Department of Energy: Energy Conservation Program for Consumer Products--Energy Conservation Standards for Refrigerators, Refrigerator-Freezers and Freezers

Published by the Government Accountability Office on 1997-09-08.

Below is a raw (and likely hideous) rendition of the original report. (PDF)

      United States
GAO   General Accounting Office
      Washington, D.C. 20548

      Office of the General Counsel


      September 8, 1997

      The Honorable Frank H. Murkowski
      The Honorable Dale Bumpers
      Ranking Minority Member
      Committee on Energy and Natural Resources
      United States Senate

      The Honorable Thomas J. Bliley, Jr.
      The Honorable John D. Dingell
      Ranking Minority Member
      Committee on Commerce
      House of Representatives

      Subject:   Department of Energy: Energy Conservation Program for Consumer
                 Products: Energy Conservation Standards for Refrigerators, Refrigerator-
                 Freezers and Freezers

      Pursuant to section 801(a)(2)(A) of title 5, United States Code, this is our report on
      a major rule promulgated by the Department of Energy (DOE), entitled "Energy
      Conservation Program for Consumer Products: Energy Conservation Standards for
      Refrigerators, Refrigerator-Freezers and Freezers" (RIN: 1904-AA47). We received
      the rule on August 26, 1997. It was published in the Federal Register as a final rule
      on April 28, 1997. 62 Fed. Reg. 23102.

      The final rule, which is effective on July 1, 2001, revises the energy conservation
      standards for refrigerators, refrigerator-freezers, and freezers and is expected to
      result in reduced energy consumption, reduced consumer costs, and reduced
      emissions of air pollutants associated with electricity production.

      Enclosed is our assessment of DOE's compliance with the procedural steps required
      by section 801(a)(1)(B)(i) through (iv) of title 5 with respect to the rule. Our
      review indicates that DOE complied with the applicable requirements.

If you have any questions about this report, please contact James Vickers, Assistant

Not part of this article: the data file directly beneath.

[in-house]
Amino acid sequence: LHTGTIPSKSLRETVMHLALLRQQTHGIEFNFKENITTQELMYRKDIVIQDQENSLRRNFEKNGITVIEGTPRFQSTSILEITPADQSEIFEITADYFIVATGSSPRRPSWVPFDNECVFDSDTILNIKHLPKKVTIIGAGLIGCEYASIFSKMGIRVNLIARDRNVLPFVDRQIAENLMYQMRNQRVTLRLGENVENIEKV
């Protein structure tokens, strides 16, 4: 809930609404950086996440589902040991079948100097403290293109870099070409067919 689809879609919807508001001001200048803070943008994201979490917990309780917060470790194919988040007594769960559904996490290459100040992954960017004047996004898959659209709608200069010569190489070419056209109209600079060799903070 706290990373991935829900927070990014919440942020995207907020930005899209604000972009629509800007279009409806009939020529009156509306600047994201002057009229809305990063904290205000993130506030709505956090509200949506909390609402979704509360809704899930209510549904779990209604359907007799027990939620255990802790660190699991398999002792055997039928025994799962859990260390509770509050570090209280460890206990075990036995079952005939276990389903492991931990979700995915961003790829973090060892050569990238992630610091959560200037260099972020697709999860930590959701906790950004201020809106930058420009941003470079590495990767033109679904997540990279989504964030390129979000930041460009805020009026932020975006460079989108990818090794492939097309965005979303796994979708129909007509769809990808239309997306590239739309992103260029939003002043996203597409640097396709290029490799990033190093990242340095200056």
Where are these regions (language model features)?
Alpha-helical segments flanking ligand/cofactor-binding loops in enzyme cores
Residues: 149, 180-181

General Counsel, at (202) 512-8210. The official responsible for GAO evaluation
work relating to the Department of Energy is Victor Rezendes, Director for Energy,
Resources, and Science Issues. Mr. Rezendes can be reached at (202) 512-3841.

Robert P. Murphy
General Counsel


cc: Mr. Eric J. Fygi
    Acting General Counsel
    Department of Energy

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       ANALYSIS UNDER 5 U.S.C. § 801(a)(1)(B)(i)-(iv) OF A MAJOR RULE
                                ISSUED BY
                     THE DEPARTMENT OF ENERGY
                             (RIN 1904-AA47)

(i) Cost-benefit analysis

The Regulatory Impact Analysis (RIA) describes the costs and benefits of the final
rule. In addition, the RIA discusses the costs and benefits of the various
alternatives which were considered and also the assumptions and methodology used
in computing the impact of the various regulatory scenarios.

The final rule is expected to increase the energy efficiency of full-sized refrigerators
by 22 to 30 percent and compact refrigerators by 10 percent. The cost of the more
efficient refrigerators is expected to average $80 more and save the consumer $20
per year in energy costs, thereby allowing recovery of the increased cost in 4 years.

Annual savings due to reduced electricity use are estimated at $1.1 billion in 2010,
$2.0 billion in 2020, and $2.1 billion in 2030. The reduction in emissions from the
production of electricity for the period 2001-2030 is 1.5 million short tons of NO x
and 513 million short tons of CO2.

(ii) Agency actions relevant to the Regulatory Flexibility Act, 5 U.S.C. §§ 603-605,
607 and 609

In the Notice of Proposed Rulemaking, DOE certified that the rule would not have
a significant economic impact on a substantial number of small entities and,
therefore, did not prepare an initial regulatory impact analysis. No comments were
received in regard to this certification.

DOE continues to believe that the final rule will not have such an impact.
However, if after the rule becomes effective and such an impact is shown, DOE will